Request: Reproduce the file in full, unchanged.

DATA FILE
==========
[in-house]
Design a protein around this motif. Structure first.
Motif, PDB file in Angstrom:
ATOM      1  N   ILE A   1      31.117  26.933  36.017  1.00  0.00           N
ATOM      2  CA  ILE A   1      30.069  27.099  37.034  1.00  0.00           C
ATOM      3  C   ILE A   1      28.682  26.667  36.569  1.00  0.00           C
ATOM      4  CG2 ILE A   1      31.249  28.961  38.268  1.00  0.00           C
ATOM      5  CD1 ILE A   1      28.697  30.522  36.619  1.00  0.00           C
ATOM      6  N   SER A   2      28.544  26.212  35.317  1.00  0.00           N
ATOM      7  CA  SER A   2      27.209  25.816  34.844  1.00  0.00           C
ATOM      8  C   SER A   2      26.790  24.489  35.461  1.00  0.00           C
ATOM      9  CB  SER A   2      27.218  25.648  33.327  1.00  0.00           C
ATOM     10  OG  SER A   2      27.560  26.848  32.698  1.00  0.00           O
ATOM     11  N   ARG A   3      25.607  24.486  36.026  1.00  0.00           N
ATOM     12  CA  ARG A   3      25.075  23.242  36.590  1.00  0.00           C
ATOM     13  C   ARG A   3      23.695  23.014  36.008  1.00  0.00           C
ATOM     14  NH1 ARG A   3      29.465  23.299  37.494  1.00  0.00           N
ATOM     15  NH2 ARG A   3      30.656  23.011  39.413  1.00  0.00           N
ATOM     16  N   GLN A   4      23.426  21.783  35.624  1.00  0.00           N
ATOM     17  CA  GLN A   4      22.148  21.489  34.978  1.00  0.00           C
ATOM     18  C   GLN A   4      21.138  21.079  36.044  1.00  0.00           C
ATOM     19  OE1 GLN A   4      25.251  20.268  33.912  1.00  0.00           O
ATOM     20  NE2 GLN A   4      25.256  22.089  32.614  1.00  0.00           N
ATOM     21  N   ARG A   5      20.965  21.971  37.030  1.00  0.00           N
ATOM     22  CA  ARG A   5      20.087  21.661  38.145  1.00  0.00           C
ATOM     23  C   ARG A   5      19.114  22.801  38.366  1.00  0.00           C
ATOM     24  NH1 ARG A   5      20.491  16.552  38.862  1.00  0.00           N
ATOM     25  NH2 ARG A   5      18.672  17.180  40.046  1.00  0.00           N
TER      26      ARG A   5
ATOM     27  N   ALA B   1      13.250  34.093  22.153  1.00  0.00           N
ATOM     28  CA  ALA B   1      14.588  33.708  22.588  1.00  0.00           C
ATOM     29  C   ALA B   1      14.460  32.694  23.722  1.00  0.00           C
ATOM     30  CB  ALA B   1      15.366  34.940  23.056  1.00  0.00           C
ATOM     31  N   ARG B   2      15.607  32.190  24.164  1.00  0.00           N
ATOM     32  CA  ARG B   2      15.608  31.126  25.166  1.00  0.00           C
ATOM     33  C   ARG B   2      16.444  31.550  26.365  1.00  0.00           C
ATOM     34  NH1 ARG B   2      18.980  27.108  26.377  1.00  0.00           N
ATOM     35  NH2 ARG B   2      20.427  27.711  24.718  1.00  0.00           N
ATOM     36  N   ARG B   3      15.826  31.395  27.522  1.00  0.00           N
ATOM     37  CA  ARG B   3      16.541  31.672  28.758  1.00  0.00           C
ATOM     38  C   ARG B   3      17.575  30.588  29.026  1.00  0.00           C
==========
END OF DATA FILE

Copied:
[in-house]
Design a protein around this motif. Structure first.
Motif, PDB file in Angstrom:
ATOM      1  N   ILE A   1      31.117  26.933  36.017  1.00  0.00           N
ATOM      2  CA  ILE A   1      30.069  27.099  37.034  1.00  0.00           C
ATOM      3  C   ILE A   1      28.682  26.667  36.569  1.00  0.00           C
ATOM      4  CG2 ILE A   1      31.249  28.961  38.268  1.00  0.00           C
ATOM      5  CD1 ILE A   1      28.697  30.522  36.619  1.00  0.00           C
ATOM      6  N   SER A   2      28.544  26.212  35.317  1.00  0.00           N
ATOM      7  CA  SER A   2      27.209  25.816  34.844  1.00  0.00           C
ATOM      8  C   SER A   2      26.790  24.489  35.461  1.00  0.00           C
ATOM      9  CB  SER A   2      27.218  25.648  33.327  1.00  0.00           C
ATOM     10  OG  SER A   2      27.560  26.848  32.698  1.00  0.00           O
ATOM     11  N   ARG A   3      25.607  24.486  36.026  1.00  0.00           N
ATOM     12  CA  ARG A   3      25.075  23.242  36.590  1.00  0.00           C
ATOM     13  C   ARG A   3      23.695  23.014  36.008  1.00  0.00           C
ATOM     14  NH1 ARG A   3      29.465  23.299  37.494  1.00  0.00           N
ATOM     15  NH2 ARG A   3      30.656  23.011  39.413  1.00  0.00           N
ATOM     16  N   GLN A   4      23.426  21.783  35.624  1.00  0.00           N
ATOM     17  CA  GLN A   4      22.148  21.489  34.978  1.00  0.00           C
ATOM     18  C   GLN A   4      21.138  21.079  36.044  1.00  0.00           C
ATOM     19  OE1 GLN A   4      25.251  20.268  33.912  1.00  0.00           O
ATOM     20  NE2 GLN A   4      25.256  22.089  32.614  1.00  0.00           N
ATOM     21  N   ARG A   5      20.965  21.971  37.030  1.00  0.00           N
ATOM     22  CA  ARG A   5      20.087  21.661  38.145  1.00  0.00           C
ATOM     23  C   ARG A   5      19.114  22.801  38.366  1.00  0.00           C
ATOM     24  NH1 ARG A   5      20.491  16.552  38.862  1.00  0.00           N
ATOM     25  NH2 ARG A   5      18.672  17.180  40.046  1.00  0.00           N
TER      26      ARG A   5
ATOM     27  N   ALA B   1      13.250  34.093  22.153  1.00  0.00           N
ATOM     28  CA  ALA B   1      14.588  33.708  22.588  1.00  0.00           C
ATOM     29  C   ALA B   1      14.460  32.694  23.722  1.00  0.00           C
ATOM     30  CB  ALA B   1      15.366  34.940  23.056  1.00  0.00           C
ATOM     31  N   ARG B   2      15.607  32.190  24.164  1.00  0.00           N
ATOM     32  CA  ARG B   2      15.608  31.126  25.166  1.00  0.00           C
ATOM     33  C   ARG B   2      16.444  31.550  26.365  1.00  0.00           C
ATOM     34  NH1 ARG B   2      18.980  27.108  26.377  1.00  0.00           N
ATOM     35  NH2 ARG B   2      20.427  27.711  24.718  1.00  0.00           N
ATOM     36  N   ARG B   3      15.826  31.395  27.522  1.00  0.00           N
ATOM     37  CA  ARG B   3      16.541  31.672  28.758  1.00  0.00           C
ATOM     38  C   ARG B   3      17.575  30.588  29.026  1.00  0.00           C